But the gum didn't end there either. The auctions generated by the Inferno regime entered the scene. The fact is that the difficulty of the game was ambiguous, so the company added this difficulty mode for those who have completed the game and want a real test. It dropped the best equipment, without which players could not pass it. But the question is, how to start playing in a mode that requires the most powerful equipment that can only be obtained by her at the same level?


This is how Blizzard got the idea to sell it for real money. This was a case that caused a lot of publicity. Like, microtransactions have been introduced into a AAA level game, are you out of your mind? Pay a second time? You won't surprise anyone with such things today, but back then it was 2012 and EA had not yet released Star Wars Battlefront 2.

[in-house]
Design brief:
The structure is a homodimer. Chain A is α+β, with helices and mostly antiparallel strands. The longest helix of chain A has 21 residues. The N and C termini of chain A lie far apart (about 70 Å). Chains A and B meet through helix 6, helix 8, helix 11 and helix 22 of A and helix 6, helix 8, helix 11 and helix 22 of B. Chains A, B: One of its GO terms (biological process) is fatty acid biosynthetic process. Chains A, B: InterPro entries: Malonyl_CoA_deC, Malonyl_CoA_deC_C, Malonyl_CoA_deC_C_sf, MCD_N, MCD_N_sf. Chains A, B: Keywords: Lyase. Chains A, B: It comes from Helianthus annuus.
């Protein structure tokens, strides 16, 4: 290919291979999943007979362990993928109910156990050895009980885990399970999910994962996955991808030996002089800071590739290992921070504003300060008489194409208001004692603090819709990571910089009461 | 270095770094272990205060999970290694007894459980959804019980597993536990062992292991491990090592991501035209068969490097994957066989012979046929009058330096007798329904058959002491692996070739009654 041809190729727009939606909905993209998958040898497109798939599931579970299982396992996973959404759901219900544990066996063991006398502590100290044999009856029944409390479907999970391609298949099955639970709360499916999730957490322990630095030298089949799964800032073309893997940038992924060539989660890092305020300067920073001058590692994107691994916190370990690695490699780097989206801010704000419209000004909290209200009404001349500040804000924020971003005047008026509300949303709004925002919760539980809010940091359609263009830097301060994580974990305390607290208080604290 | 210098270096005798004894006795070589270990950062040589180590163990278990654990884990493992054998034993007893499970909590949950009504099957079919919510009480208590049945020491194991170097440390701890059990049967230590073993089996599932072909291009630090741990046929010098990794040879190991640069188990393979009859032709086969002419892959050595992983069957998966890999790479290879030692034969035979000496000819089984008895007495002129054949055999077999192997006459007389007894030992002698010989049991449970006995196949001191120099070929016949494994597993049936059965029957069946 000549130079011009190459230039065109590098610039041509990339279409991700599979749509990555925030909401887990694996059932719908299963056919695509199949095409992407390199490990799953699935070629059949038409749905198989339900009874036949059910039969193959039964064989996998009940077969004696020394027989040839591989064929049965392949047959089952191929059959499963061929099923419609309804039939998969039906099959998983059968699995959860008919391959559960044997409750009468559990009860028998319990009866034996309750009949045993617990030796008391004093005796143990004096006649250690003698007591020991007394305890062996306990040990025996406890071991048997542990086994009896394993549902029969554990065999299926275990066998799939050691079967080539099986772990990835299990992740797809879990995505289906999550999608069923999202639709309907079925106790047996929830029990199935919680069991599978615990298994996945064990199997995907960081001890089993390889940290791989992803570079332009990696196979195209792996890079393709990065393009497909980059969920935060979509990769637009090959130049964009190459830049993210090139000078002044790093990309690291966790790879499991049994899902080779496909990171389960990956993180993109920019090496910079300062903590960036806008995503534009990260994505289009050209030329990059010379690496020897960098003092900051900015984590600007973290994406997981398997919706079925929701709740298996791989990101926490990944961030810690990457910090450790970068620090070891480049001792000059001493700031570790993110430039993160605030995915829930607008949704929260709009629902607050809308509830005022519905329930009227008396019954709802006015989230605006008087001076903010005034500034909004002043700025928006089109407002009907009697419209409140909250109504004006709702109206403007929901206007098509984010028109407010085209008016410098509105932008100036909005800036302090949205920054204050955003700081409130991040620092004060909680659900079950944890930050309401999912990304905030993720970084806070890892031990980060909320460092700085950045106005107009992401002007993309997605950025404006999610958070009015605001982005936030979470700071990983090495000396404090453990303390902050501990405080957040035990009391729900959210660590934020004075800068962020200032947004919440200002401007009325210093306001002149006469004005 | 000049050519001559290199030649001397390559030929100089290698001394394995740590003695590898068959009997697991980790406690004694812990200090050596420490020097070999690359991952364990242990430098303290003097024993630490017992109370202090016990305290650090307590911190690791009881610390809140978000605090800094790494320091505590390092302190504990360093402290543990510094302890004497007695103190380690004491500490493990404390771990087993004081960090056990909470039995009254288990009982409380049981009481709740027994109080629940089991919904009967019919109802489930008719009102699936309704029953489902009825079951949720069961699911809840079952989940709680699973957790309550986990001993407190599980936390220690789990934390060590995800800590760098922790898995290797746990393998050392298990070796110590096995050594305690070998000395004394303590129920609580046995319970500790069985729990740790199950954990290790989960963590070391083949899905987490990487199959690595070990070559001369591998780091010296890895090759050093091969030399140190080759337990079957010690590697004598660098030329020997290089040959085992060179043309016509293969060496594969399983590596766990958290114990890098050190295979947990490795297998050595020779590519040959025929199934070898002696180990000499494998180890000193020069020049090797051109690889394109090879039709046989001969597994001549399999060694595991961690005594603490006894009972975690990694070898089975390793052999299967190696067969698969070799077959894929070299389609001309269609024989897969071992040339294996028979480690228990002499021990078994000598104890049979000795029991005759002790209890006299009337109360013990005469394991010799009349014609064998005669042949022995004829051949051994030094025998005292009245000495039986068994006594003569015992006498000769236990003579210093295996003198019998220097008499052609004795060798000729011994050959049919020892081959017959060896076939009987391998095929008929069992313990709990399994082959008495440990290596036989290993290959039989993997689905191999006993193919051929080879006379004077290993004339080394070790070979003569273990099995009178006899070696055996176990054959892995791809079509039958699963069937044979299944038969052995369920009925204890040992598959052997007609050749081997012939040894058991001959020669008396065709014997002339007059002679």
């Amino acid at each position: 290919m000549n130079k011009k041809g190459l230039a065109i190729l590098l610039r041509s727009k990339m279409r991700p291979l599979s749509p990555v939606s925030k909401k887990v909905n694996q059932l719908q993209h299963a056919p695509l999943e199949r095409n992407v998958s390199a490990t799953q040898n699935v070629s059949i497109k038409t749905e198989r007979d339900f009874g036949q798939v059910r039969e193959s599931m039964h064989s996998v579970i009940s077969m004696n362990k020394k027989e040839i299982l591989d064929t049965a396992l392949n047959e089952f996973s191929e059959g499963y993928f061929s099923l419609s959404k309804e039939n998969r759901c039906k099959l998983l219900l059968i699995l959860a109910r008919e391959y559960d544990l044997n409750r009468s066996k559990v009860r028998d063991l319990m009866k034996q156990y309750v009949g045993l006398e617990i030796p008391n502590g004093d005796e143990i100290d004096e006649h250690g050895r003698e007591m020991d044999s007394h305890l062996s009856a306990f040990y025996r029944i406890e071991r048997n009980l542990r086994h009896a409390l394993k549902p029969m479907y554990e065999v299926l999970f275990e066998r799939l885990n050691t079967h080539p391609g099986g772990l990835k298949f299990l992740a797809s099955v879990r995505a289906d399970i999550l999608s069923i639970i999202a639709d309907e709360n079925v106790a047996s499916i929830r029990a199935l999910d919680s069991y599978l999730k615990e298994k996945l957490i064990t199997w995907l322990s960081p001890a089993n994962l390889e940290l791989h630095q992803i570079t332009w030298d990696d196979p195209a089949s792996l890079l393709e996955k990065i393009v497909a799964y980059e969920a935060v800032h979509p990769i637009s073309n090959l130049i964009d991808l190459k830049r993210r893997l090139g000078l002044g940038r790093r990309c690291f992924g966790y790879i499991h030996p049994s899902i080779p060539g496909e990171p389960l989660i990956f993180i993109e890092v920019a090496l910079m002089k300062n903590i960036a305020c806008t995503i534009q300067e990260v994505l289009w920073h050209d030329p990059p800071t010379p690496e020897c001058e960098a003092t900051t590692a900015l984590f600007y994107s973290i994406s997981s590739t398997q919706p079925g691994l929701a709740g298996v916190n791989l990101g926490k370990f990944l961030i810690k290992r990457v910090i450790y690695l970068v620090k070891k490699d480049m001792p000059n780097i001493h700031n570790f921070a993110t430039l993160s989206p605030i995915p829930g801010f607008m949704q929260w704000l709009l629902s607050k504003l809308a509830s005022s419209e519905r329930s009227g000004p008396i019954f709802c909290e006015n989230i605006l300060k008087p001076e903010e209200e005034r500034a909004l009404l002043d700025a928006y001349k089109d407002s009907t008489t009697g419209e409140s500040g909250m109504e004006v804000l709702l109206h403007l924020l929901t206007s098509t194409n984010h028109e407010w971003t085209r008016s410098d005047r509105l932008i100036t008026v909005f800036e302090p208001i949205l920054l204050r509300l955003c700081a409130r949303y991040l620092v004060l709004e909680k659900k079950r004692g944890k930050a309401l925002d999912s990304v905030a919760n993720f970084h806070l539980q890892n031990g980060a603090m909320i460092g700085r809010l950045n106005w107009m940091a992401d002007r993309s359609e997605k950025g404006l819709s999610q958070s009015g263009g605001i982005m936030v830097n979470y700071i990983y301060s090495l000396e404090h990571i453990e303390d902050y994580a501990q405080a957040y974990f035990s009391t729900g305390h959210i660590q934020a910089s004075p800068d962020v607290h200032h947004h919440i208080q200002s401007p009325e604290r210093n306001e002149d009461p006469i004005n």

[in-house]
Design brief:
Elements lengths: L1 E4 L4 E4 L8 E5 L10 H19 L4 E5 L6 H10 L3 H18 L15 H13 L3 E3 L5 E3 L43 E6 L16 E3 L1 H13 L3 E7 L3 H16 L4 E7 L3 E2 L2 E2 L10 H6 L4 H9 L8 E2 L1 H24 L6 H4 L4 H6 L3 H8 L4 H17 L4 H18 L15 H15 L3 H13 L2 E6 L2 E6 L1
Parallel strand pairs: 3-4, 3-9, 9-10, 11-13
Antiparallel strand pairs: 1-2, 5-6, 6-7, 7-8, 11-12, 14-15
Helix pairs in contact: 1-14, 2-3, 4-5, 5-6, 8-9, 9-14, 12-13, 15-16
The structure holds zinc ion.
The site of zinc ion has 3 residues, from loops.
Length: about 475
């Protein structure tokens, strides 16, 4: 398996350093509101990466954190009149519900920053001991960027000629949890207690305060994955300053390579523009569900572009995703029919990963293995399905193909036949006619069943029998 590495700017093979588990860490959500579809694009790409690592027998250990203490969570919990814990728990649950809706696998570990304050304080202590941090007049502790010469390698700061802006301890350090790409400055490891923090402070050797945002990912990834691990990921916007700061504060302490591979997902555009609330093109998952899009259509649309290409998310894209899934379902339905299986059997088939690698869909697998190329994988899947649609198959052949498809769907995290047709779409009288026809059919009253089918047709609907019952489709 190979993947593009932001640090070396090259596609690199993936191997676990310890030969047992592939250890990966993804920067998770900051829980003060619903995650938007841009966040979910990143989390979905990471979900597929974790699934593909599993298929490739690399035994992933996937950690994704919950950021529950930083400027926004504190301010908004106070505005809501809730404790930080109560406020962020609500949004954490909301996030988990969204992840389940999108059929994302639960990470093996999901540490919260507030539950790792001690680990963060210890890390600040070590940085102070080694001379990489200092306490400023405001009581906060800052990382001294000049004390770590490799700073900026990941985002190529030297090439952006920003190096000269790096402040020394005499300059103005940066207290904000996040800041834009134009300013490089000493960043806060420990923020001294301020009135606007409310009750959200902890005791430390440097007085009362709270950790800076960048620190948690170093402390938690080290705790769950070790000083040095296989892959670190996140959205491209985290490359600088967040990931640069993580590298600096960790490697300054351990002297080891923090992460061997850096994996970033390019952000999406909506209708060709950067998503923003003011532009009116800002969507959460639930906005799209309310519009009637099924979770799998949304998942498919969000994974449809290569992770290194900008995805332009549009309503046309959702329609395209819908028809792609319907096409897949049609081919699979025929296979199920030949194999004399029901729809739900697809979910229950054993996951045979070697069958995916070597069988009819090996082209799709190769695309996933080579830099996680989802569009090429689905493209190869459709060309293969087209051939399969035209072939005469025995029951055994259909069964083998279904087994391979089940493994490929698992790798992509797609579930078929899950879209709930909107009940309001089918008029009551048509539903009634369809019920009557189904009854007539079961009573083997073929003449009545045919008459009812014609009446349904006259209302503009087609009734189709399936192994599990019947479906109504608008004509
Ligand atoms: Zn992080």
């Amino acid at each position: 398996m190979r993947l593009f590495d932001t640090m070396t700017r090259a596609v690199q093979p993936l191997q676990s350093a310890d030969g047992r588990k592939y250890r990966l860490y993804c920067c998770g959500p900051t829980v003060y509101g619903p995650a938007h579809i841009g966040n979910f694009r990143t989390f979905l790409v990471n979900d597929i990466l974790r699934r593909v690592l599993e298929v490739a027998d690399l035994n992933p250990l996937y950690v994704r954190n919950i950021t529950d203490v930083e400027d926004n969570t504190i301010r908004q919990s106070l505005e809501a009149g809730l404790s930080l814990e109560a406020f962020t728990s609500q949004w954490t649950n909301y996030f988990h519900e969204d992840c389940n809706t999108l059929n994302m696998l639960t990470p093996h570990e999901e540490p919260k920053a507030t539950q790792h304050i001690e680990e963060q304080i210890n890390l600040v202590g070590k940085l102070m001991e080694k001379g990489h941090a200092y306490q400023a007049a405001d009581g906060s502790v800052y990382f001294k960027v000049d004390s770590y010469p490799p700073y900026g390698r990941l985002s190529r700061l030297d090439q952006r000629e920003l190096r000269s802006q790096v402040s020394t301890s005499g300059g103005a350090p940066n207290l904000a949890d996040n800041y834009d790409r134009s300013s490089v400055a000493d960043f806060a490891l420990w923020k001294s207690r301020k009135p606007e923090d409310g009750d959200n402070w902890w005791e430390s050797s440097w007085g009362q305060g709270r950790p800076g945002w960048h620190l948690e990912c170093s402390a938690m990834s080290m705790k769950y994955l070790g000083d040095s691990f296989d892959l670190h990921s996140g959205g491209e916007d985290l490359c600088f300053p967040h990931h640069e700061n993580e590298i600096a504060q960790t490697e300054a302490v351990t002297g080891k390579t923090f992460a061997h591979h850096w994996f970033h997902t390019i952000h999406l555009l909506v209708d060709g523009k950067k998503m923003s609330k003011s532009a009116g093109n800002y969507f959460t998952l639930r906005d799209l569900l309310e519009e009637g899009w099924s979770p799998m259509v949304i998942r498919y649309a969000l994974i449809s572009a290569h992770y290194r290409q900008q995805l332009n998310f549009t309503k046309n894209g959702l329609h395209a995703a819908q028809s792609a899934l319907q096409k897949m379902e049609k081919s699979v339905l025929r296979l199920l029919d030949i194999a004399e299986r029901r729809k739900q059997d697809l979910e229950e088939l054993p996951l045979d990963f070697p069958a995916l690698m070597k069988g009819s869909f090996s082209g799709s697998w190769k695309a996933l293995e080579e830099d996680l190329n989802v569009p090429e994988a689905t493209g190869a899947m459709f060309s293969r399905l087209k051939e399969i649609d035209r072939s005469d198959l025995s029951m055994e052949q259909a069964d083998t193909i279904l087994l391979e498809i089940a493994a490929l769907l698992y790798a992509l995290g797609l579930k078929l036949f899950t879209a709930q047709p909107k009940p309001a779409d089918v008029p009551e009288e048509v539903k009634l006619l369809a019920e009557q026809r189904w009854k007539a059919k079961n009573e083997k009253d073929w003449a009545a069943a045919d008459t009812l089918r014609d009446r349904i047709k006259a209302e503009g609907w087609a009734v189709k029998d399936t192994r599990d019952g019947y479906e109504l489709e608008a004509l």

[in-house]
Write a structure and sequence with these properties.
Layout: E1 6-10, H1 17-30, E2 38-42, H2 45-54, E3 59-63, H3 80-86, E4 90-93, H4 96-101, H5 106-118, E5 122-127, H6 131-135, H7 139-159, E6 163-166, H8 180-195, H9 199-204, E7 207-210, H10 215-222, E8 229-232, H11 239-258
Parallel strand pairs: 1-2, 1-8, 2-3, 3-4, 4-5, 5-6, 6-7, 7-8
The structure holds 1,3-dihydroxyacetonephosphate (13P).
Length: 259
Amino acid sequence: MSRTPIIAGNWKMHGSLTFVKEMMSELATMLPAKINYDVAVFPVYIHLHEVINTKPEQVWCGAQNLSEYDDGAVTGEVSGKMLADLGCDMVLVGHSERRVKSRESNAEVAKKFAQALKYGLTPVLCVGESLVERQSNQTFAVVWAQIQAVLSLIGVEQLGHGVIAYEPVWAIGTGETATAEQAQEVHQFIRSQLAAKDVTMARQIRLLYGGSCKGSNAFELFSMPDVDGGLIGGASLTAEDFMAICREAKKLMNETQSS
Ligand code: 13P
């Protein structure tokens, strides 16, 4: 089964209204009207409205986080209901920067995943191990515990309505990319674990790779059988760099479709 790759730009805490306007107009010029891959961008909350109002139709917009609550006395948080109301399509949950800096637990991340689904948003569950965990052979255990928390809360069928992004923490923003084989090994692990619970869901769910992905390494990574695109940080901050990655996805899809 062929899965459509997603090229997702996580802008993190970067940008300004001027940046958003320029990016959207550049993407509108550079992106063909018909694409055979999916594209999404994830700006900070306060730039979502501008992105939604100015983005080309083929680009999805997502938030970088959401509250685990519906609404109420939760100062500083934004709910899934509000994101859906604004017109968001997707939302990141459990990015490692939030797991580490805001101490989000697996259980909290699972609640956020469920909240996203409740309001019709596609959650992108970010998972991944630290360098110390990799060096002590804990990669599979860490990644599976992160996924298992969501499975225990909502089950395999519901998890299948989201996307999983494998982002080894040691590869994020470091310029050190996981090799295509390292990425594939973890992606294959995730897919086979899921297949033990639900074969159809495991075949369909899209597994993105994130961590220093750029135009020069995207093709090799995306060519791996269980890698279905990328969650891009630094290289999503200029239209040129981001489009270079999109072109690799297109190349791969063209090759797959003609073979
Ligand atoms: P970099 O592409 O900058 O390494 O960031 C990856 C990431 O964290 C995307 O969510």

It's funny that soon players rebelled and broke the system. They realized that the loot is based on a random number generator, and the likelihood that you will drop a cool weapon is about the same, that when killing a boss, or when breaking an earthen pot. And yes, farm came to the devil lands when players broke pots.

Eventually, the studio had to create 18 patches to make the game more flexible. Including making the Inferno difficulty level more accessible. And for the auctions, Blizzard received "fu" from the players.

Diablo 3 can be said to be a great game, although for the most part it looked more like Diablo 2 than we wanted. The employees are just happy that they were able to survive all the hardships and make, though not a phenomenal game, just a good one. And the very story of the creation of Diablo 3 has become indicative that studios with a multi-million dollar budget and a huge team of professionals can also become victims of a long production hell and problems typical for indie. Let's hope Diablo IV escapes the fate of its predecessor.

The Topic of Article: 11 years on Sanctuary: how Diablo 3 was made and released.
Author: Jake Pinkman